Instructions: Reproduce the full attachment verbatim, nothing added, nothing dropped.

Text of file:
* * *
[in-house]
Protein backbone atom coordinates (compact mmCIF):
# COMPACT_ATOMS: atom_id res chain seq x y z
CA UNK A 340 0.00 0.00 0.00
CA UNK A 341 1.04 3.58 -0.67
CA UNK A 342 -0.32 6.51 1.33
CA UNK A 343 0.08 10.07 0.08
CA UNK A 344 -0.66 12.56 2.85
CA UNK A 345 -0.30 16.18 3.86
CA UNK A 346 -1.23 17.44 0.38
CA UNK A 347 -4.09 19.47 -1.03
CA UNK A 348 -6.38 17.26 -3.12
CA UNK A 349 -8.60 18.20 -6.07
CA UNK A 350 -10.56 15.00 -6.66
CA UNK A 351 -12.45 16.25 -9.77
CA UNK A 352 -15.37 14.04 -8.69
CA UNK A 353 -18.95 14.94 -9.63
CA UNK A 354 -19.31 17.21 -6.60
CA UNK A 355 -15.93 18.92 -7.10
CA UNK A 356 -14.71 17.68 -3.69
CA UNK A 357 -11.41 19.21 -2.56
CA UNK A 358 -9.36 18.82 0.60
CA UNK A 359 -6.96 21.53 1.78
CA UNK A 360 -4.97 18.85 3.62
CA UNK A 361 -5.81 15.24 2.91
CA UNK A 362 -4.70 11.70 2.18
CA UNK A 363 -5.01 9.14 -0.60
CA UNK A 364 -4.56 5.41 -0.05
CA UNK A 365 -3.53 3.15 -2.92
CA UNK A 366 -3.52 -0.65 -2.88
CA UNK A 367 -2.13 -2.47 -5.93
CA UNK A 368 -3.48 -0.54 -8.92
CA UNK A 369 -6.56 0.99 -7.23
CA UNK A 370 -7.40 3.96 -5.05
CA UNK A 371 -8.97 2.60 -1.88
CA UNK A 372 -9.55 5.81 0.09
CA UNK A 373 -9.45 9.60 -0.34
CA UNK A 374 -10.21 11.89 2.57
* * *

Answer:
[in-house]
Protein backbone atom coordinates (compact mmCIF):
# COMPACT_ATOMS: atom_id res chain seq x y z
CA UNK A 340 0.00 0.00 0.00
CA UNK A 341 1.04 3.58 -0.67
CA UNK A 342 -0.32 6.51 1.33
CA UNK A 343 0.08 10.07 0.08
CA UNK A 344 -0.66 12.56 2.85
CA UNK A 345 -0.30 16.18 3.86
CA UNK A 346 -1.23 17.44 0.38
CA UNK A 347 -4.09 19.47 -1.03
CA UNK A 348 -6.38 17.26 -3.12
CA UNK A 349 -8.60 18.20 -6.07
CA UNK A 350 -10.56 15.00 -6.66
CA UNK A 351 -12.45 16.25 -9.77
CA UNK A 352 -15.37 14.04 -8.69
CA UNK A 353 -18.95 14.94 -9.63
CA UNK A 354 -19.31 17.21 -6.60
CA UNK A 355 -15.93 18.92 -7.10
CA UNK A 356 -14.71 17.68 -3.69
CA UNK A 357 -11.41 19.21 -2.56
CA UNK A 358 -9.36 18.82 0.60
CA UNK A 359 -6.96 21.53 1.78
CA UNK A 360 -4.97 18.85 3.62
CA UNK A 361 -5.81 15.24 2.91
CA UNK A 362 -4.70 11.70 2.18
CA UNK A 363 -5.01 9.14 -0.60
CA UNK A 364 -4.56 5.41 -0.05
CA UNK A 365 -3.53 3.15 -2.92
CA UNK A 366 -3.52 -0.65 -2.88
CA UNK A 367 -2.13 -2.47 -5.93
CA UNK A 368 -3.48 -0.54 -8.92
CA UNK A 369 -6.56 0.99 -7.23
CA UNK A 370 -7.40 3.96 -5.05
CA UNK A 371 -8.97 2.60 -1.88
CA UNK A 372 -9.55 5.81 0.09
CA UNK A 373 -9.45 9.60 -0.34
CA UNK A 374 -10.21 11.89 2.57